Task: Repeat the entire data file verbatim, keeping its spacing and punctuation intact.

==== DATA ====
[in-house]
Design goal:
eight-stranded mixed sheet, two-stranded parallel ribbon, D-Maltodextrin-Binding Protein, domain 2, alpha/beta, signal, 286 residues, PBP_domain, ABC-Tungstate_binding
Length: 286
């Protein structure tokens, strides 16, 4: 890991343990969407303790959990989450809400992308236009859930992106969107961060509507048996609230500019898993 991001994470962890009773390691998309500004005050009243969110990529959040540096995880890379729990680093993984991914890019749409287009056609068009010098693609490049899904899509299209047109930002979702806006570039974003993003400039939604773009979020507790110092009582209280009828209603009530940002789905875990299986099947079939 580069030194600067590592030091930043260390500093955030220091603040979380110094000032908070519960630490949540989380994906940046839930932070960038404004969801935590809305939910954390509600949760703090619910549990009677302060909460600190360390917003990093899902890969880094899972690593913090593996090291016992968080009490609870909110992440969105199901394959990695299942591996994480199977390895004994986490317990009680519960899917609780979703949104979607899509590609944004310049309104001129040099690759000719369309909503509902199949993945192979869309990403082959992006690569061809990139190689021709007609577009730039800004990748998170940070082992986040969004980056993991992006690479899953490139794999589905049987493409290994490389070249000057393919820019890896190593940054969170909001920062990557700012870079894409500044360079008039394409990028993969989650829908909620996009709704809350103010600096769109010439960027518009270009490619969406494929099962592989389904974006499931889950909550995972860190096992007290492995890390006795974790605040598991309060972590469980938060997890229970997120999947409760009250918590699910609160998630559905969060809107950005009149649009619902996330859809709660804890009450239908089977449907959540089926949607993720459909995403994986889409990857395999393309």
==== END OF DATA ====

[in-house]
Design goal:
eight-stranded mixed sheet, two-stranded parallel ribbon, D-Maltodextrin-Binding Protein, domain 2, alpha/beta, signal, 286 residues, PBP_domain, ABC-Tungstate_binding
Length: 286
């Protein structure tokens, strides 16, 4: 890991343990969407303790959990989450809400992308236009859930992106969107961060509507048996609230500019898993 991001994470962890009773390691998309500004005050009243969110990529959040540096995880890379729990680093993984991914890019749409287009056609068009010098693609490049899904899509299209047109930002979702806006570039974003993003400039939604773009979020507790110092009582209280009828209603009530940002789905875990299986099947079939 580069030194600067590592030091930043260390500093955030220091603040979380110094000032908070519960630490949540989380994906940046839930932070960038404004969801935590809305939910954390509600949760703090619910549990009677302060909460600190360390917003990093899902890969880094899972690593913090593996090291016992968080009490609870909110992440969105199901394959990695299942591996994480199977390895004994986490317990009680519960899917609780979703949104979607899509590609944004310049309104001129040099690759000719369309909503509902199949993945192979869309990403082959992006690569061809990139190689021709007609577009730039800004990748998170940070082992986040969004980056993991992006690479899953490139794999589905049987493409290994490389070249000057393919820019890896190593940054969170909001920062990557700012870079894409500044360079008039394409990028993969989650829908909620996009709704809350103010600096769109010439960027518009270009490619969406494929099962592989389904974006499931889950909550995972860190096992007290492995890390006795974790605040598991309060972590469980938060997890229970997120999947409760009250918590699910609160998630559905969060809107950005009149649009619902996330859809709660804890009450239908089977449907959540089926949607993720459909995403994986889409990857395999393309």